Simon van Wyk caught up with Lucas Challamel, Director Business Development ANZ, from Netbiscuits to further discuss exactly what mobile first means for businesses and brands. The pair discusses how businesses can adopt a mobile first approach to ensure that content is always perfectly optimised for the appropriate device whether it’s a smartphone or tablet device as well as a desktop computer.
They also touch on interesting new research from Google,who recently teamed with Sterling Brands and Ipsos to study the media habits of 1,611 people across the US and found that that sequential screening is common. In their study, smartphones were the most common starting point for many online activities, before users moved on to a PC, and some still to a tablet to complete the activity the same day.
In Episode 2 of the Together London Podcast, I speak to Sara Wachter-Boettcher, author of the upcoming Rosenfeld Media book “Content Everywhere”, about content strategy, future ready content, and how to change organisations.
In this episode we discuss: How to write 2,000-4,000 words a day The critical importance of brevity in the digital age Why every online writer should read (and study) The Shipping News 2 ways to find endless content ideas Why it took Chris 8 years to gain his first 100 subscribers Brogan’s best advice on how to create a valuable content platform
5by5 - The Web Ahead #20: Content Everywhere with Lyza Gardner
Author, speaker and developer Lyza Danger Gardner joins Jen Simmons to talk about how CMSes provide — or fail to provide — a platform for publishing content everywhere. How can we design & build a website that will publish everywhere and last long term?
UX for content makers: Helping online authors make great content using UX principles (10-minute talk) « UX Australia 2011
Five tips to focus content creators on the ‘why’ (eg objectives and strategies) of a new online initiative rather than the ‘how’ (eg a fancy drop down menu or twitter channel) based on two and a half years of content coaching in NSW government.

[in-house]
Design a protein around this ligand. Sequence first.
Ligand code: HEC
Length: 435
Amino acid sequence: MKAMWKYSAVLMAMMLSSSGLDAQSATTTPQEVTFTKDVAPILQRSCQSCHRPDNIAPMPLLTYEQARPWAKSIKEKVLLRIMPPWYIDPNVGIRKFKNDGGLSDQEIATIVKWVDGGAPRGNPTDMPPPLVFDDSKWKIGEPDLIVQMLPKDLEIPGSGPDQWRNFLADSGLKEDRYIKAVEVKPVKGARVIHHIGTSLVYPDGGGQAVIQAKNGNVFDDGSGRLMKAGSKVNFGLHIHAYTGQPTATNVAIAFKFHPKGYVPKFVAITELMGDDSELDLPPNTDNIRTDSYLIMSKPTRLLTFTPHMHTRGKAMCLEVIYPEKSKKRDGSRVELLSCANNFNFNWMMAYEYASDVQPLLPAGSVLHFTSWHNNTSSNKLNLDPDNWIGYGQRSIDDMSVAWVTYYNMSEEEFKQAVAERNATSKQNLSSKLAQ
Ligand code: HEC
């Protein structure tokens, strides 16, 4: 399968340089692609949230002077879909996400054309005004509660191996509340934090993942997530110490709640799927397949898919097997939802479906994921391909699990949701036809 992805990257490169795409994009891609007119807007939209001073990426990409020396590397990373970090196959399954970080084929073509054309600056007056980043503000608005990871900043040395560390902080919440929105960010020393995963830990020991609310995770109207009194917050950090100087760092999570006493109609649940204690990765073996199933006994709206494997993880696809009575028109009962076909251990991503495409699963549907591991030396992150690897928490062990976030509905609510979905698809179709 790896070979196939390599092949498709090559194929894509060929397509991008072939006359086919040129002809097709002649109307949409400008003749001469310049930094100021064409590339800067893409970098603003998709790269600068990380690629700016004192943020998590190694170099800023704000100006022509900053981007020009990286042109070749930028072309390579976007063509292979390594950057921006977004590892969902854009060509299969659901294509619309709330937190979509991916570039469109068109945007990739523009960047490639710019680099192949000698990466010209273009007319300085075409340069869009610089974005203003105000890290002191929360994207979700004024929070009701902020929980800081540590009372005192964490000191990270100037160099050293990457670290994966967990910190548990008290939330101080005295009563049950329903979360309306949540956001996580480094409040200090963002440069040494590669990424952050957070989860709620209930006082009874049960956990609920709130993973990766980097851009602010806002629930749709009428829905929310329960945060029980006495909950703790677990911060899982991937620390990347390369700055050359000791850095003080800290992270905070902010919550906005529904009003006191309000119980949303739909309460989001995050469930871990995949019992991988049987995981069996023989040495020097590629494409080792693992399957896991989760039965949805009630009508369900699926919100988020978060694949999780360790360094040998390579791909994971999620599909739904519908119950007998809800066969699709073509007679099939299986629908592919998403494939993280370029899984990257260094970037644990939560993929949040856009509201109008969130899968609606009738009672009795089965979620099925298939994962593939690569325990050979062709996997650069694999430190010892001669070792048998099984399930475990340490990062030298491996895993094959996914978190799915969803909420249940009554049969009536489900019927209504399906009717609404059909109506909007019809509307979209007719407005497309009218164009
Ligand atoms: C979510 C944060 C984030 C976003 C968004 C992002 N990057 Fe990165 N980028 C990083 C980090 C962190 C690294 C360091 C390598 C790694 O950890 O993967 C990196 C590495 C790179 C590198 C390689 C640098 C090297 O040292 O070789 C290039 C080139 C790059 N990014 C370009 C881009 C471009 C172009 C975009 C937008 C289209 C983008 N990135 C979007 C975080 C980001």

Karina has been working in the field of online user experience and visual design for over 15 years, focusing on intranet design for the past few years. Karina currently works at the NSW Department of Education, and is focused on improving internal communications through the intranet channel and social media.
Ellen has been working in communications for over ten years, starting out as a radio producer at the ABC and then moving to communications project work. She has been working on the intranet and Yammer with the NSW Department of Education and Training for the past two and half years.
Podcast: Finding and Creating Relevant Content — Strategies for Social Media | I'd Rather Be Writing
In the barrage of information created by all the social media channels, how can you find relevant content? How can you move past forms of noise to actually produce content that engages users? What forms of social media do students respond to the most? These are some of the questions we explored in a presentation I gave to Brigham Young University Provo students earlier this week. This podcast is a recording of the presentation.
The podcast is about an hour long, and I bookended the presentation with some thoughts before and after.